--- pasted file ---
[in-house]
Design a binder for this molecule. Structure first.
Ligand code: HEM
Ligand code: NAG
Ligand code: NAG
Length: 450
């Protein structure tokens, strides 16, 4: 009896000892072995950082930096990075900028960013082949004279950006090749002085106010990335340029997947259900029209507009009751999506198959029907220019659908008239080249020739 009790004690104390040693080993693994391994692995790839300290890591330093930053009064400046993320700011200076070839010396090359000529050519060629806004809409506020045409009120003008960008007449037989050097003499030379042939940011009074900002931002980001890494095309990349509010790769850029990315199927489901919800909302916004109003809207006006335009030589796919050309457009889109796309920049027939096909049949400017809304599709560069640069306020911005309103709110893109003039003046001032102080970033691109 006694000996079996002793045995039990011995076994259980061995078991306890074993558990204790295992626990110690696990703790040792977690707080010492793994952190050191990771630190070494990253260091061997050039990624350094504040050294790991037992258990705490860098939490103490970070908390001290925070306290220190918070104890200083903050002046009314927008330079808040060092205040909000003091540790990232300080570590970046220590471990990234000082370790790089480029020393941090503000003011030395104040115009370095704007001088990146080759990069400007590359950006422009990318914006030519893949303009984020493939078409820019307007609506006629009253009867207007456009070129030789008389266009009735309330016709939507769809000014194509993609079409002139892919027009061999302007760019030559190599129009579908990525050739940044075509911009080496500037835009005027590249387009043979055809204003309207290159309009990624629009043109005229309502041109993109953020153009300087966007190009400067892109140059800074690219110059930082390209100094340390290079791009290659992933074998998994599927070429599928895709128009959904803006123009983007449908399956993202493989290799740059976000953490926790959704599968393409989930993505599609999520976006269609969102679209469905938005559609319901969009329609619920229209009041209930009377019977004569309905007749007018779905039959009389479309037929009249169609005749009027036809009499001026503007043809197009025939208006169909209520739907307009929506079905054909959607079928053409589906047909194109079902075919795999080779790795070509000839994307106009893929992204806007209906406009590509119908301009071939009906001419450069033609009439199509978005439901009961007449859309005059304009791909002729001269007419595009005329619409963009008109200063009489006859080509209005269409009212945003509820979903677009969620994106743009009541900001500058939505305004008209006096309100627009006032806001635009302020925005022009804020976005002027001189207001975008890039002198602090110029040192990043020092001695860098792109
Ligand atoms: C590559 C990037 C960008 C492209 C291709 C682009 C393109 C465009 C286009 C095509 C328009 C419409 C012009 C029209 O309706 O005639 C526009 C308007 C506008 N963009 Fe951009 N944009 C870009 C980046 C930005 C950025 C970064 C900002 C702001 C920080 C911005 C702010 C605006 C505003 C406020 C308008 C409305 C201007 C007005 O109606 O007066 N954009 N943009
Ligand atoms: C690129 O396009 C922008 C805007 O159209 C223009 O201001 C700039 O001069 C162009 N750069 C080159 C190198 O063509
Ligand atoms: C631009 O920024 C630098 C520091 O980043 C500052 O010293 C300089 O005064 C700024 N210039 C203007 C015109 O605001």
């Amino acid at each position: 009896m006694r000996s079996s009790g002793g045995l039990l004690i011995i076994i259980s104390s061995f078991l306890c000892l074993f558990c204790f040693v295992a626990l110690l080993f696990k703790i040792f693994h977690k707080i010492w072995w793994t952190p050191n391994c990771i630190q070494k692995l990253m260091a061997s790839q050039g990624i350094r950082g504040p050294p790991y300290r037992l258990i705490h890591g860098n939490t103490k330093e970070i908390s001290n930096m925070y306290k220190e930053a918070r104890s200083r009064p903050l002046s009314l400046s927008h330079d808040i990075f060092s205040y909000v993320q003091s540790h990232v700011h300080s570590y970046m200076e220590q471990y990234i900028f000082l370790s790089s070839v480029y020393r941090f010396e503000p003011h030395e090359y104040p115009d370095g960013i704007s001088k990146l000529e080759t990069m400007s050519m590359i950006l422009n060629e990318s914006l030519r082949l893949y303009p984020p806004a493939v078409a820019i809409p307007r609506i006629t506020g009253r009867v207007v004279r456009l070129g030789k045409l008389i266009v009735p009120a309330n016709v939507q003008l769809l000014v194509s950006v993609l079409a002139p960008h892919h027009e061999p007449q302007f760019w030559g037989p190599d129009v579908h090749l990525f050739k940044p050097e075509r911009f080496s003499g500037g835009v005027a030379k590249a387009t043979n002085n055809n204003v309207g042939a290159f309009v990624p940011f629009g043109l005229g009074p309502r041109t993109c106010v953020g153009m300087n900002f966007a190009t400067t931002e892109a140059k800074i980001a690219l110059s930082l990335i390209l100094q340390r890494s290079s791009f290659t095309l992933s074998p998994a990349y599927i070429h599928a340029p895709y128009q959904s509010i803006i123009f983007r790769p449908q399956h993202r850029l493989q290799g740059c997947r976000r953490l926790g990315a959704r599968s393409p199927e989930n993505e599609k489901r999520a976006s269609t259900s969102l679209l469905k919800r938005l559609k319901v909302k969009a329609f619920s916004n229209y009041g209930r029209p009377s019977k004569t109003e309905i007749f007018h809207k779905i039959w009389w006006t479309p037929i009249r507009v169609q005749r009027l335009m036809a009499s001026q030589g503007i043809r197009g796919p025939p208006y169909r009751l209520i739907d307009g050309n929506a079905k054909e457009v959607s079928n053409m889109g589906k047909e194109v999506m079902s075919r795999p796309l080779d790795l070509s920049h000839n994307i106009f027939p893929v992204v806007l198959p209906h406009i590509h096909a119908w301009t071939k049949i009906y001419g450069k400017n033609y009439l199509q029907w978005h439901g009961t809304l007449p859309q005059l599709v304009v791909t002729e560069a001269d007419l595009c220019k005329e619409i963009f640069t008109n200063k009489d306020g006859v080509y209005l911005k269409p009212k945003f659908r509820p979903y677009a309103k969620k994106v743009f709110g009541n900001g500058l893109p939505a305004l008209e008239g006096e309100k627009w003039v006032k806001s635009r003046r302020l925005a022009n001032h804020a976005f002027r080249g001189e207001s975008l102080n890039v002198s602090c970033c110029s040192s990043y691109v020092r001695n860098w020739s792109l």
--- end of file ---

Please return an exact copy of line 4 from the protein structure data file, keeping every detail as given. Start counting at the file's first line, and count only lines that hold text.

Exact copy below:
Ligand code: NAG